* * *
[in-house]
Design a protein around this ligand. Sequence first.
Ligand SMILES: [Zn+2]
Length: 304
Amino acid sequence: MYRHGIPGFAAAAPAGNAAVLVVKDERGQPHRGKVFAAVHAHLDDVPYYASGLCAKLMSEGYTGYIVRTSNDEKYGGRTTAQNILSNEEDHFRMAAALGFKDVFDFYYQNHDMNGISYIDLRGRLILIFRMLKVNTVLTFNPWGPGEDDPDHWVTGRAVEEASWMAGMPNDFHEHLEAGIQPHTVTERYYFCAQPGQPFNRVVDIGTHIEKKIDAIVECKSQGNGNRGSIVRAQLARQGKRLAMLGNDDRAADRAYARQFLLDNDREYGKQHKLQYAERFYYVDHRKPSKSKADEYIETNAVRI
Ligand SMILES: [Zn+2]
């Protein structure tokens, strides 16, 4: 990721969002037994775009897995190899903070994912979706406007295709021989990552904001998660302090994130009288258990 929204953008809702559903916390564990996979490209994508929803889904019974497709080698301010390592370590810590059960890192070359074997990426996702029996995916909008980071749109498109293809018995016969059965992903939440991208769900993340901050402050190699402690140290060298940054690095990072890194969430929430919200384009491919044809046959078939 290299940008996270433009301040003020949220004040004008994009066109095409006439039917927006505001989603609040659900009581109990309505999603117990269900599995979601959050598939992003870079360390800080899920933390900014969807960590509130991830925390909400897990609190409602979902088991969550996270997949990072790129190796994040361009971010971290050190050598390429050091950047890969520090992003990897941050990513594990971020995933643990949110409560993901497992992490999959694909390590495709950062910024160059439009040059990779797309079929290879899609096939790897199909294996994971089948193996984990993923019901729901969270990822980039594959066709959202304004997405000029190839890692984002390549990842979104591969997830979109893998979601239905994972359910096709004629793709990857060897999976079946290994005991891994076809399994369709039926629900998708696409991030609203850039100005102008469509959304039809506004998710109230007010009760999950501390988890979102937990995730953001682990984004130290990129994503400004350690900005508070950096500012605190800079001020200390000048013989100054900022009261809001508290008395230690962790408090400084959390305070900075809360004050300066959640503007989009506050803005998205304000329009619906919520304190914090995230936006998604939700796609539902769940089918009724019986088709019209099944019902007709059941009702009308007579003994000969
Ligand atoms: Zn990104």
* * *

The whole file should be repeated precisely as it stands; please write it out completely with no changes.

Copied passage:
[in-house]
Design a protein around this ligand. Sequence first.
Ligand SMILES: [Zn+2]
Length: 304
Amino acid sequence: MYRHGIPGFAAAAPAGNAAVLVVKDERGQPHRGKVFAAVHAHLDDVPYYASGLCAKLMSEGYTGYIVRTSNDEKYGGRTTAQNILSNEEDHFRMAAALGFKDVFDFYYQNHDMNGISYIDLRGRLILIFRMLKVNTVLTFNPWGPGEDDPDHWVTGRAVEEASWMAGMPNDFHEHLEAGIQPHTVTERYYFCAQPGQPFNRVVDIGTHIEKKIDAIVECKSQGNGNRGSIVRAQLARQGKRLAMLGNDDRAADRAYARQFLLDNDREYGKQHKLQYAERFYYVDHRKPSKSKADEYIETNAVRI
Ligand SMILES: [Zn+2]
């Protein structure tokens, strides 16, 4: 990721969002037994775009897995190899903070994912979706406007295709021989990552904001998660302090994130009288258990 929204953008809702559903916390564990996979490209994508929803889904019974497709080698301010390592370590810590059960890192070359074997990426996702029996995916909008980071749109498109293809018995016969059965992903939440991208769900993340901050402050190699402690140290060298940054690095990072890194969430929430919200384009491919044809046959078939 290299940008996270433009301040003020949220004040004008994009066109095409006439039917927006505001989603609040659900009581109990309505999603117990269900599995979601959050598939992003870079360390800080899920933390900014969807960590509130991830925390909400897990609190409602979902088991969550996270997949990072790129190796994040361009971010971290050190050598390429050091950047890969520090992003990897941050990513594990971020995933643990949110409560993901497992992490999959694909390590495709950062910024160059439009040059990779797309079929290879899609096939790897199909294996994971089948193996984990993923019901729901969270990822980039594959066709959202304004997405000029190839890692984002390549990842979104591969997830979109893998979601239905994972359910096709004629793709990857060897999976079946290994005991891994076809399994369709039926629900998708696409991030609203850039100005102008469509959304039809506004998710109230007010009760999950501390988890979102937990995730953001682990984004130290990129994503400004350690900005508070950096500012605190800079001020200390000048013989100054900022009261809001508290008395230690962790408090400084959390305070900075809360004050300066959640503007989009506050803005998205304000329009619906919520304190914090995230936006998604939700796609539902769940089918009724019986088709019209099944019902007709059941009702009308007579003994000969
Ligand atoms: Zn990104």